Women in skimpy clothes are like unwrapped candies, says Thai PM | world | Hindustan Times
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Women in skimpy clothes are like unwrapped candies, says Thai PM

During Songkran, I ask that women wear proper clothes, Thai style, so they would look good and civilized,” said Thai PM Prayuth Chan-ocha, who has two grown daughters. He said that in his opinion, women “are like toffee or candy,” which people would not like to eat if already unwrapped.

world Updated: Apr 12, 2016 22:05 IST
Thai Prime Minister Prayuth Chan-ocha addresses officials during the Songkran - or Thai new year - merit-making ceremony at Government House in Bangkok on Tuesday.
Thai Prime Minister Prayuth Chan-ocha addresses officials during the Songkran - or Thai new year - merit-making ceremony at Government House in Bangkok on Tuesday.(AFP)

Blunt-speaking Thai Prime Minister advised his country’s young women on Tuesday not to dress too revealingly, else they will be shunned like a piece of toffee without its wrapper.

PM Prayuth Chan-ocha offered the observation to reporters as Thais prepared to kick off Songkran, their traditional New Year celebration. The holiday comes at the hottest time of the year and is best known for the enthusiastic splashing of water upon friends and strangers alike, a practice that sometimes takes on a sexual edge, including the molestation of women.

Thailand’s military government already had announced that it would try to discourage lewd behaviour and dress as inappropriate for the country’s culture.

“During Songkran, I ask that women wear proper clothes, Thai style, so they would look good and civilized,” said Prayuth, who has two grown daughters. He said that in his opinion, women “are like toffee or candy,” which people would not like to eat if already unwrapped.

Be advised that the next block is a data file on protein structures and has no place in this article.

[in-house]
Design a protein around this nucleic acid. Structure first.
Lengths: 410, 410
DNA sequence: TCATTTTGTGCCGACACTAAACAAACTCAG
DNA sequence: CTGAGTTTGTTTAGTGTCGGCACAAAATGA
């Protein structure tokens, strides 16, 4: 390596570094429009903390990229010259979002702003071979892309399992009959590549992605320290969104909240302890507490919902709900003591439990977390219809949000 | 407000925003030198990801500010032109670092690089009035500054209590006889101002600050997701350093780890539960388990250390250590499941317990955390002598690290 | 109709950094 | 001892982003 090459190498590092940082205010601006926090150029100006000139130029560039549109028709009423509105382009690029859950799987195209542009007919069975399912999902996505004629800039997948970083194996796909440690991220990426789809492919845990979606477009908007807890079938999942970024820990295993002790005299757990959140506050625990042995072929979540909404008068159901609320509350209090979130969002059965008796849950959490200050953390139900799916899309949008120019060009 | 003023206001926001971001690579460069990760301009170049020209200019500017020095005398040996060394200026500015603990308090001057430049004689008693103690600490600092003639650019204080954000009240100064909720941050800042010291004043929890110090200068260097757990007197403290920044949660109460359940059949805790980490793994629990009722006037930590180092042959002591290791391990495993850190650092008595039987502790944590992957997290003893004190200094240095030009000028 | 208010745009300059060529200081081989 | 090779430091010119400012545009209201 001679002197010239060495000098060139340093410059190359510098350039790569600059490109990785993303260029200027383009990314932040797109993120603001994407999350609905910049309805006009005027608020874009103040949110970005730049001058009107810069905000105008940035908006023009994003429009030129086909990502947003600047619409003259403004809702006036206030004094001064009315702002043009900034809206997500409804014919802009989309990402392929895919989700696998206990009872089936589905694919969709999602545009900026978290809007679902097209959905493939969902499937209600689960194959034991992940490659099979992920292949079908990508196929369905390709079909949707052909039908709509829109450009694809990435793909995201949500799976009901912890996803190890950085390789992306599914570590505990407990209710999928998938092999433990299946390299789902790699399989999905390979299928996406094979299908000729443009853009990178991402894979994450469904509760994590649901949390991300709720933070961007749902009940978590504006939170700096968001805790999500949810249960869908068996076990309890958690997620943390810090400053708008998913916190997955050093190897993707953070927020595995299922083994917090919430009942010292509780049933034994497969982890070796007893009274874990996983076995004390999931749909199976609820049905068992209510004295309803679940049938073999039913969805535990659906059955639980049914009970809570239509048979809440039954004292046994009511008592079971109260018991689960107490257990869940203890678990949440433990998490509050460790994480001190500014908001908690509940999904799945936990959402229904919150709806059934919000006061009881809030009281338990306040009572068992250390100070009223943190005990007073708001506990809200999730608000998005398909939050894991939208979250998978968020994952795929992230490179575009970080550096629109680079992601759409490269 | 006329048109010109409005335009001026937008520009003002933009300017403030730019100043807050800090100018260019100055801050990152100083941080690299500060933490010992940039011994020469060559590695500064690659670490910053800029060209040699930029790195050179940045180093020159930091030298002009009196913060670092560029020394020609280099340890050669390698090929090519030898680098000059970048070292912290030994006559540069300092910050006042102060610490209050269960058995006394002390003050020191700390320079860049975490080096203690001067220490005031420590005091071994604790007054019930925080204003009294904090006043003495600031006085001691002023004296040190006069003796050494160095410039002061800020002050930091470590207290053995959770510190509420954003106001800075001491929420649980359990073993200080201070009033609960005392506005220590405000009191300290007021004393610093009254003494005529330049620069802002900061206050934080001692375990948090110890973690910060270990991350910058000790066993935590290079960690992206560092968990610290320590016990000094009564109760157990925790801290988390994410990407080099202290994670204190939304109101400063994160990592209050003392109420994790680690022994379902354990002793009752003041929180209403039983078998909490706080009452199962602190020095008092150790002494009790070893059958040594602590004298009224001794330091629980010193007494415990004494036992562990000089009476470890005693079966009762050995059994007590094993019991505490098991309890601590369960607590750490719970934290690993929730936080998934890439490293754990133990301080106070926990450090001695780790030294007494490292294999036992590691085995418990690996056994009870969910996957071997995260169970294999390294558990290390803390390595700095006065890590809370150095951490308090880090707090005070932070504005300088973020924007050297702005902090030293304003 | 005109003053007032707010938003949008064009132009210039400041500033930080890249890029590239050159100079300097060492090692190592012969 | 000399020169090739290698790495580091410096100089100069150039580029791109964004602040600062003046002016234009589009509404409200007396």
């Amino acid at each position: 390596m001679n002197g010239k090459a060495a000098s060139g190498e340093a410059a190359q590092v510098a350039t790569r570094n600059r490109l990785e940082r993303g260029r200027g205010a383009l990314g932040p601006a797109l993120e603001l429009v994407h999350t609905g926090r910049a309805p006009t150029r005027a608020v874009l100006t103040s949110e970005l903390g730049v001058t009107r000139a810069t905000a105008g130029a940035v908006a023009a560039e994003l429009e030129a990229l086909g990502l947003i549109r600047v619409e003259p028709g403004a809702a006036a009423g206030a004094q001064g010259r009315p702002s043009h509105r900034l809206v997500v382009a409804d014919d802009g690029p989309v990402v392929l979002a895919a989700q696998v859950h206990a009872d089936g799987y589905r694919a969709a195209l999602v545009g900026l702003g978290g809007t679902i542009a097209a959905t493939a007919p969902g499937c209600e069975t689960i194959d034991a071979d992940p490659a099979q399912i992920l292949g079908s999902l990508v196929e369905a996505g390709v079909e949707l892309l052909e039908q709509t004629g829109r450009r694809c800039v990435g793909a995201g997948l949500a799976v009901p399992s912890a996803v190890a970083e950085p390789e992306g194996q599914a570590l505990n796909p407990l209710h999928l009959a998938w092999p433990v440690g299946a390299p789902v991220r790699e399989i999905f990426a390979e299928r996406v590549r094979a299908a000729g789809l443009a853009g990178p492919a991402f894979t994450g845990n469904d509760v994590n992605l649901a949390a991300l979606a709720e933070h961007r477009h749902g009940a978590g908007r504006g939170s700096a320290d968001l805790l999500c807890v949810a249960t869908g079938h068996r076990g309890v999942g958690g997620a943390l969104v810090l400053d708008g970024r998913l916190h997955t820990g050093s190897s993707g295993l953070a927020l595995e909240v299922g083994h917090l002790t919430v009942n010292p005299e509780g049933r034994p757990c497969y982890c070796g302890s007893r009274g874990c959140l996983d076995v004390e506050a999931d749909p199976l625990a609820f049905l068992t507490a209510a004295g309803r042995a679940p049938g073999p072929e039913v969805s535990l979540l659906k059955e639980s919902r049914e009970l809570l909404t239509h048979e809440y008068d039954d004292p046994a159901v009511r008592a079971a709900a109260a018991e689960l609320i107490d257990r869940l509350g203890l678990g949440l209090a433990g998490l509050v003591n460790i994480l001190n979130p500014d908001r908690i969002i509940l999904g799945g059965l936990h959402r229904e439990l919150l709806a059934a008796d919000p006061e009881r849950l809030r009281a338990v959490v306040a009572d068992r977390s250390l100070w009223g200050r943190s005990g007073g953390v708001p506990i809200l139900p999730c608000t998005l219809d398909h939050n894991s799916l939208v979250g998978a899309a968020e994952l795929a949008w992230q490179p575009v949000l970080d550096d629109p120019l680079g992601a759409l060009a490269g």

Prayuth went on to qualify his own advice, saying that some nicely wrapped candy will stay on the shelf for years no matter what.

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The Prime Minister, a former army commander, is best known for blasting his political opponents, but has controversially commented before about what he thinks is appropriate attire for women.

Shortly after two young British tourists were murdered on a beach on the resort island of Koh Tao — the woman was also raped — Prayuth wondered aloud whether tourists wearing bikinis were courting danger.

“This has always been a problem ... they think our country is beautiful and safe and they can do whatever they want, wear bikinis wherever they like. I’m asking if they wear bikinis in Thailand, will they be safe? Only if they are not beautiful,” he said in September 2014, after the deaths of David Miller and Hannah Witheridge. He apologised shortly later, saying he only meant to warn tourists to be careful.

Prayuth’s latest remarks drew criticism from Usa Lertsrisantat, director of the Foundation for Women, who said he should use his influential position to speak in a more helpful way.

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“He should be sending a message to people who do not respect women’s rights as well,” she said. “He warns women not to wear revealing clothes, and he should warn men to respect women’s rights, too. Women are not toffees or candies, we are human beings.”

“When something bad happens, you can’t just say that it happened because of how women dress,” she said.